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THE HOP-GARDEN. A GEORGIC.

In Two BOOKS.

Me quoque Parnassi per lubicra culmina raptat
Laudis amor: studium sequor insanabile vatis,
Ausus non operam, non formidare poetae
Nomen, adoratum quondam, nunc paene procaci
Monstratum digito. Van. Praed. Rust.
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THE HOP-GARDEN. A GEORGIC. BOOK the FIRST.

1 THE land that answers best the farmer's care,
2 And silvers to maturity the Hop:
3 When to inhume the plants; to turn the glebe;
4 And wed the tendrils to th' aspiring poles:
5 Under what sign to pluck the crop, and how
6 To cure, and in capacious sacks infold,
7 I teach in verse Miltonian. Smile the muse,
8 And meditate an honour to that land
9 Where first I breath'd, and struggled into life
10 Impatient, Cantium, to be call'd thy son.
11 Oh! cou'd I emulate Dan Sydney's muse,
12 Thy Sydney, Cantium He from court retir'd
13 In Penshurst's sweet elysium sung delight,
14 Sung transport to the soft-responding streams
15 Of Medway, and enliven'd all her groves:
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16 While ever near him, goddess of the green,
17 Fair
* Sister to Sir Philip Sydney.
Pembroke sat, and smil'd immense applause.
18 With vocal fascination charm'd the
〈 in non-Latin alphabet 〉HOM. E.
Hours
19 Unguarded left Heav'ns adamantine gate,
20 And to his lyre, swift as the winged sounds
21 That skim the air, danc'd unperceiv'd away.
22 Had I such pow'r, no peasants toil, no hops
23 Shou'd e'er debase my lay: far nobler themes,
24 The high atchievements of thy warrior kings
25 Shou'd raise my thoughts, and dignify my song.
26 But I, young rustic, dare not leave my cot,
27 For so enlarg'd a sphere ah! muse beware,
28 Lest the loud larums of the braying trump,
29 Lest the deep drum shou'd drown thy tender reed,
30 And mar its puny joints: me, lowly swain,
31 Every unshaven arboret, me the lawns,
32 Me the voluminous Medway's silver wave,
33
Rura mihi, & rigui placeant in vallibus amnes,
Flumina amen, sylvasque in glorius! VIRG. GEORG. 2.
Content inglorious, and the hopland shades!
34 Yeomen, and countrymen attend my song:
35 Whether you shiver in the marshy
§ Commonly, but improperly call'd, the Wild.
Weald,
36 Egregious shepherds of unnumber'd flocks,
37 Whose fleeces, poison'd into purple, deck
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38 All Europe's kings: or in fair
* Maidstone.
Madum's vale
39 Imparadis'd, blest denizons, ye dwell;
40 Or
Canterbury.
Dorovernia's awful tow'rs ye love:
41 Or plough Tunbridgia's salutiferous hills
42 Industrious, and with draughts chalybiate heal'd,
43 Confess divine Hygeia's blissful seat;
44 The muse demands your presence, ere she tune
45 Her monitory voice; observe her well,
46 And catch the wholesome dictates as they fall.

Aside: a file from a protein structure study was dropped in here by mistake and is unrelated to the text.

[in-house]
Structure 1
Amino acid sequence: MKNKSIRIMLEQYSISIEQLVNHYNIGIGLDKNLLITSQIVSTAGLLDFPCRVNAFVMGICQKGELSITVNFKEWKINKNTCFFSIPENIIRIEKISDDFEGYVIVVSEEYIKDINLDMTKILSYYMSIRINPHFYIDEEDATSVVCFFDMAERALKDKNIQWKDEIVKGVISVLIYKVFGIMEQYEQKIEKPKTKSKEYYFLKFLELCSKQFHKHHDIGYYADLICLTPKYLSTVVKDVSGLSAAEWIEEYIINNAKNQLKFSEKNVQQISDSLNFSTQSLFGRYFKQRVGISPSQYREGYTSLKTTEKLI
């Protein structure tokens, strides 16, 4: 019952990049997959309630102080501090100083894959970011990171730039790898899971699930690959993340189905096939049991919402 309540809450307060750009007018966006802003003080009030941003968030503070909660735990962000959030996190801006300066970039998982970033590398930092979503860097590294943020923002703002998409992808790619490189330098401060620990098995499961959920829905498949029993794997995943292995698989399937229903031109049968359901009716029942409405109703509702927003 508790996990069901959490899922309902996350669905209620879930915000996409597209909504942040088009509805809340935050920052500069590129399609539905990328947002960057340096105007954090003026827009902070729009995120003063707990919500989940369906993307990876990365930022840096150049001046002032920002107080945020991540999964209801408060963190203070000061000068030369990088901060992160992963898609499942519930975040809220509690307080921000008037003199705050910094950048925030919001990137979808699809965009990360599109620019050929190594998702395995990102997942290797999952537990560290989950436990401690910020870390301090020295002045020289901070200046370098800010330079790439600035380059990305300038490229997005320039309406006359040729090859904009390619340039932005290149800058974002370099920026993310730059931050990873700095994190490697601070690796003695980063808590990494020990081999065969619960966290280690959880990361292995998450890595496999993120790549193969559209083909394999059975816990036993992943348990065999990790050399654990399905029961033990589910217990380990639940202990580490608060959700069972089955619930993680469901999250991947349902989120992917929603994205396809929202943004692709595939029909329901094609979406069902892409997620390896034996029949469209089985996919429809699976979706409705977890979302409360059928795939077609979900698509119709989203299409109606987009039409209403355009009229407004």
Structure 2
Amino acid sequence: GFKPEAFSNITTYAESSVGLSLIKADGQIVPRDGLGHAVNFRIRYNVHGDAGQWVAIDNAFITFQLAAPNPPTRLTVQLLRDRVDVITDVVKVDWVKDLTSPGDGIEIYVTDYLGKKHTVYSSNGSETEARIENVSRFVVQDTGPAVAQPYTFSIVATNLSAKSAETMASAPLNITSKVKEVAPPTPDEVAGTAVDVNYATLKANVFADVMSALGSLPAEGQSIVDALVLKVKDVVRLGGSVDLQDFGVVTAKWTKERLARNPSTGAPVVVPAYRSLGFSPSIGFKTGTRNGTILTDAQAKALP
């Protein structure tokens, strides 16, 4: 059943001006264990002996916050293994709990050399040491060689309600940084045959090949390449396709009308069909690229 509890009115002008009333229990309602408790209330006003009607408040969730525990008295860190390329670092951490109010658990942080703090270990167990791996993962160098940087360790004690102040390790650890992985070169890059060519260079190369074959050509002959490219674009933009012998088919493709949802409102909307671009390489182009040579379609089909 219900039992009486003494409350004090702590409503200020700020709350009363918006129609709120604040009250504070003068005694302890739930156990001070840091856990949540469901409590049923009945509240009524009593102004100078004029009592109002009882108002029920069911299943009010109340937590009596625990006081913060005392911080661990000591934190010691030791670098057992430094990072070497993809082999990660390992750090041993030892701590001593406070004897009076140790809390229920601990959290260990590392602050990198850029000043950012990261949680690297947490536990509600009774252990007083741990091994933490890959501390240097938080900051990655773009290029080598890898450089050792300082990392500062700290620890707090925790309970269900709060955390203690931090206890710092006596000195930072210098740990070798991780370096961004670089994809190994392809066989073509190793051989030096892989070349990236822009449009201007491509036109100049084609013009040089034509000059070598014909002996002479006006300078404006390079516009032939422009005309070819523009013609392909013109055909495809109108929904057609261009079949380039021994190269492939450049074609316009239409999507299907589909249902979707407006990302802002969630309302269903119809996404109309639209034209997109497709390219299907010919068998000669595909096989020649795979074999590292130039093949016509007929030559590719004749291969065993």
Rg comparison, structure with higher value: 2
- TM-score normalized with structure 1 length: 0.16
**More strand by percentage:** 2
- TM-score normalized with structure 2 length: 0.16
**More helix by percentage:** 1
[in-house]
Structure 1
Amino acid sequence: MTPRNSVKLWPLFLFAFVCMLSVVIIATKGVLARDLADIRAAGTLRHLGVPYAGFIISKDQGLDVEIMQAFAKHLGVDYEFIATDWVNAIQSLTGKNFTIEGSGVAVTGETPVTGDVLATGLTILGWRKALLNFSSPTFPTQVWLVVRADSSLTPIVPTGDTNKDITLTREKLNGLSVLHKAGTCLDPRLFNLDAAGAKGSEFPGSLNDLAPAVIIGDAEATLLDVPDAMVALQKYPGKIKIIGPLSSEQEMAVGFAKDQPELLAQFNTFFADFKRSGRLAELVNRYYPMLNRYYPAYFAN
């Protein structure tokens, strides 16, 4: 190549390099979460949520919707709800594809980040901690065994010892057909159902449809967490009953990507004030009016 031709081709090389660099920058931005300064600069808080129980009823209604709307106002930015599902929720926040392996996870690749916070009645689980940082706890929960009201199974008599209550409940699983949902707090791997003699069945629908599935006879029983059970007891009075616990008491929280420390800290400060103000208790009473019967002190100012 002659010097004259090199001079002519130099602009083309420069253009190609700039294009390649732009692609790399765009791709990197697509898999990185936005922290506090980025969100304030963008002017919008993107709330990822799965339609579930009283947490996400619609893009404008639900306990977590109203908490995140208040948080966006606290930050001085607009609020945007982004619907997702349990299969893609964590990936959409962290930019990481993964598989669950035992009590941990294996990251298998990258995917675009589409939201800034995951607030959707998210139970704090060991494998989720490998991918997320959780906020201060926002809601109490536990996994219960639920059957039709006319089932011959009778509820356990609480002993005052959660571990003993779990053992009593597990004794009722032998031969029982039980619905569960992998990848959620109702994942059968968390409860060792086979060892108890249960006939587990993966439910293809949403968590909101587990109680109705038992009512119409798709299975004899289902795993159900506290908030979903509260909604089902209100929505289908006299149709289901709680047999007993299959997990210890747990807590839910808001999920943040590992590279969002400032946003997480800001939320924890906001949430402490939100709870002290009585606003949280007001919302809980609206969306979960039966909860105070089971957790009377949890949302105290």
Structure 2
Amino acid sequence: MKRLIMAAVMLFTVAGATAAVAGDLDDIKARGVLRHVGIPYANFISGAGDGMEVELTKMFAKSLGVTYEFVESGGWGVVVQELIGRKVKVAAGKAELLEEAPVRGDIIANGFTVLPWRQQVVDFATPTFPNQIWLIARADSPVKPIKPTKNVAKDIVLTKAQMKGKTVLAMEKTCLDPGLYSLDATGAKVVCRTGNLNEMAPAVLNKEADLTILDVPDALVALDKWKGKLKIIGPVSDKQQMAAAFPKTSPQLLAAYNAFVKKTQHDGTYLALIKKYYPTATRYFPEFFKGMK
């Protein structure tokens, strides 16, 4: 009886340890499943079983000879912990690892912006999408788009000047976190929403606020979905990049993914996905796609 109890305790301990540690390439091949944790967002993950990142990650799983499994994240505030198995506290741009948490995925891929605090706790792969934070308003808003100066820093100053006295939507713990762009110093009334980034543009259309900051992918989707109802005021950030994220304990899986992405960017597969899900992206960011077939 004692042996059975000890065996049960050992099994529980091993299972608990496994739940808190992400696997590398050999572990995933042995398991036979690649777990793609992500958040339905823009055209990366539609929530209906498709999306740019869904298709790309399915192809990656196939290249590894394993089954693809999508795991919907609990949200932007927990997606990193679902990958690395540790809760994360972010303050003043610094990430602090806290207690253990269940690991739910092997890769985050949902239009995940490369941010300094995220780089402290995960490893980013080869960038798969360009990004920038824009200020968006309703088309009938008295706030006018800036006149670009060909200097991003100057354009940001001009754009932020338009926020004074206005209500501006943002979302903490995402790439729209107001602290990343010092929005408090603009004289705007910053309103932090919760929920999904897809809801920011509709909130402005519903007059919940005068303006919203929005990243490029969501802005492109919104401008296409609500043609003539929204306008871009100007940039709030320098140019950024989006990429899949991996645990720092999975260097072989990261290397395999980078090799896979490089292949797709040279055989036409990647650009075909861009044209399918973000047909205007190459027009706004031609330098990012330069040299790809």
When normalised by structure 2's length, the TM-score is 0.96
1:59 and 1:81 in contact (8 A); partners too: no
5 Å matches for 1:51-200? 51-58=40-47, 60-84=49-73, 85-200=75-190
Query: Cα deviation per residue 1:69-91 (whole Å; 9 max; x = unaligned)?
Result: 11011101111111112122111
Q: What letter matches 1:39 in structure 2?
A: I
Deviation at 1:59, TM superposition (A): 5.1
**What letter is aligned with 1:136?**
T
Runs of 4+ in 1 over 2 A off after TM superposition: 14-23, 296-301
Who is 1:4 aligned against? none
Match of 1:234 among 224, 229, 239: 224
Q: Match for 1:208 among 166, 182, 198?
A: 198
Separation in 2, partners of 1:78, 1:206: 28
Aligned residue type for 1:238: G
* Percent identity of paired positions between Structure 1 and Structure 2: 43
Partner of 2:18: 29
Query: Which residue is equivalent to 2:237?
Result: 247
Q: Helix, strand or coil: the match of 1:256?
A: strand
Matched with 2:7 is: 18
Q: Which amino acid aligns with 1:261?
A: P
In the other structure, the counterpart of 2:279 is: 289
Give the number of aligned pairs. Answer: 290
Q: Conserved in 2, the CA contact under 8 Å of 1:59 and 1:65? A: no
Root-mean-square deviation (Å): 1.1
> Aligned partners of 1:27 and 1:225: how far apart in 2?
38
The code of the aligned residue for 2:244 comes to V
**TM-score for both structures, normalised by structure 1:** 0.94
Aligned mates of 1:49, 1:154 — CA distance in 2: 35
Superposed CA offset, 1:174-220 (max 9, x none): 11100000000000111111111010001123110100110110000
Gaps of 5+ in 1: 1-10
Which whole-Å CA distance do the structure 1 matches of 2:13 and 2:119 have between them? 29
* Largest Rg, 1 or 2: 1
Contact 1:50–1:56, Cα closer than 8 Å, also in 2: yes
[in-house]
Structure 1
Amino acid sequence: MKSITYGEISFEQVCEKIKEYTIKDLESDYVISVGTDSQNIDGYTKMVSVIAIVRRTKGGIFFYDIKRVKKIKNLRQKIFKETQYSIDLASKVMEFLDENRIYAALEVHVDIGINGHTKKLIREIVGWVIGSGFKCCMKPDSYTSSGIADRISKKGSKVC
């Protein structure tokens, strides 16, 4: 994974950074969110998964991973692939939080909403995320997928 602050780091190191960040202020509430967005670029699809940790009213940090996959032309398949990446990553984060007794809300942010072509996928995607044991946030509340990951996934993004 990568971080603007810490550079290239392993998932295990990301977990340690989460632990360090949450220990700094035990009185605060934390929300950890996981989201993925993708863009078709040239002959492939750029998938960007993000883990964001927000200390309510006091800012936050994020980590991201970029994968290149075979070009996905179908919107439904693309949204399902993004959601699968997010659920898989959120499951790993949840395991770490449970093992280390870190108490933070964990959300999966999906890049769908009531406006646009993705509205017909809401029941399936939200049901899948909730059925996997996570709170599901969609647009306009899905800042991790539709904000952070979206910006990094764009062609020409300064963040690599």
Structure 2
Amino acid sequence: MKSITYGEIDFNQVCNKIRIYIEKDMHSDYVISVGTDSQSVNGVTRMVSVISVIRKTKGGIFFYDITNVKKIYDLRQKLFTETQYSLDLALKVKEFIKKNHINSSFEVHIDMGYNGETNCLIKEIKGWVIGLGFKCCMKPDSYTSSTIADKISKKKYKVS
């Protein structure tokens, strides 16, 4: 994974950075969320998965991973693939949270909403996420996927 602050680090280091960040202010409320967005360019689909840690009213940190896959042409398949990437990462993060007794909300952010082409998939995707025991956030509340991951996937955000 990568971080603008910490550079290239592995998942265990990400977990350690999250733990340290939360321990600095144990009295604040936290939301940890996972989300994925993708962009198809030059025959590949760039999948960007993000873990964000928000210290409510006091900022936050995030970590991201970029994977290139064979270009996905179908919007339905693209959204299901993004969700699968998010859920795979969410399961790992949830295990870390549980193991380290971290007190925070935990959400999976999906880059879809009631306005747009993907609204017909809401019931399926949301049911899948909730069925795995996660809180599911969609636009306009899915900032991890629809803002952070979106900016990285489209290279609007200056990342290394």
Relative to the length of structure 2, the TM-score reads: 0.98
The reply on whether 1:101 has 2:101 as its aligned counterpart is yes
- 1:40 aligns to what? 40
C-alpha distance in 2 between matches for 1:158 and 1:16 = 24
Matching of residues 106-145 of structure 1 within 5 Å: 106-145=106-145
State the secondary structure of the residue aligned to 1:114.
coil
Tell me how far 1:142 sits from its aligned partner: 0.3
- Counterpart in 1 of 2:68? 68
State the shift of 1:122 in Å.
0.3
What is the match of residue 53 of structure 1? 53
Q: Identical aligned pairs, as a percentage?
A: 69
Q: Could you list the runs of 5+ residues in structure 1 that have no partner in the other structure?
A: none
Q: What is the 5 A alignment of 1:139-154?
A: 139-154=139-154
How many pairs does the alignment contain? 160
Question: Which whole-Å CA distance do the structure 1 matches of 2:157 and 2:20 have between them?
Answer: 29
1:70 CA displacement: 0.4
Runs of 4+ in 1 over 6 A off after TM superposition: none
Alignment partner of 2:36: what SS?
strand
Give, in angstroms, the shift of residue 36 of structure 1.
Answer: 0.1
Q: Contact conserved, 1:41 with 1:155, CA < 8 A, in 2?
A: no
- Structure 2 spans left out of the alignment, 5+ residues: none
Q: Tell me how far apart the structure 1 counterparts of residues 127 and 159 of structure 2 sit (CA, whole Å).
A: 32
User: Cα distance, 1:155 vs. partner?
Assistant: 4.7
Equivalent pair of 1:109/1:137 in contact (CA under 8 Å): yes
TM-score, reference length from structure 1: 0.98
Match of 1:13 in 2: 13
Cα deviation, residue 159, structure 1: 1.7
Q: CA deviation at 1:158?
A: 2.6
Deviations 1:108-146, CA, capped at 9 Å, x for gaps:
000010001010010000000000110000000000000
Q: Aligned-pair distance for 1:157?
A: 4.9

47 'Midst thy paternal acres, Farmer, say
48 Has gracious heav'n bestow'd one field, that basks
49 Its loamy bosom in the mid-day sun,
50 Emerging gently from the abject vale,
51 Nor yet obnoxious to the wind, secure
52 There shall thou plant thy hop. This soil, perhaps,
53 Thou'lt say, will fill my garners. Be it so.
54 But Ceres, rural goddess, at the best
55 Meanly supports her vot'ry', enough for her,
56 If ill-persuading hunger she repell,
57 And keep the soul from fainting: to enlarge,
58 To glad the heart, to sublimate the mind,
59 And wing the flagging spirits to the sky,
60 Require th' united influence and aid
61 Of Bacchus, God of hops, with Ceres join'd
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62 'Tis he shall gen'rate the buxom beer.
63 Then on one pedestal, and hand in hand,
64 Sculptur'd in Parian stone (so gratitude
65 Indites) let the divine co-part'ners rise.
66 Stands eastward in thy field a wood? 'tis well.
67 Esteem it as a bulwark of thy wealth,
68 And cherish all its branches; tho' we'll grant,
69 Its leaves umbrageous may intercept
70 The morning rays, and envy some small share
71 Of Sol's beneficence to the infant germ.
72 Yet grutch not that: when whistling Eurus comes,
73 With all his worlds of insects in thy lands
74 To hyemate, and monarchize o'er all
75 Thy vegetable riches, then thy wood
76 Shall ope it's arms expansive, and embrace
77 The storm reluctant, and divert its rage.
78 Armies of animalc'les urge their way
79 In vain: the ventilating trees oppose
80 Their airy march. They blacken distant plains.
81 This site for thy young nursery obtain'd,
82 Thou hast begun auspicious, if the soil
83 (As sung before) be loamy; this the hop
84 Loves above others, this is rich, is deep,
85 Is viscous, and tenacious of the pole.
86 Yet maugre all its native worth, it may
87 Be meliorated with warm compost. See!
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88
* Boxley-Hill, which extends through great part of Kent.
Yon craggy mountain, whose fastidious head,
89 Divides the star-set hemisphere above,
90 And Cantium's plains beneath; the Appennine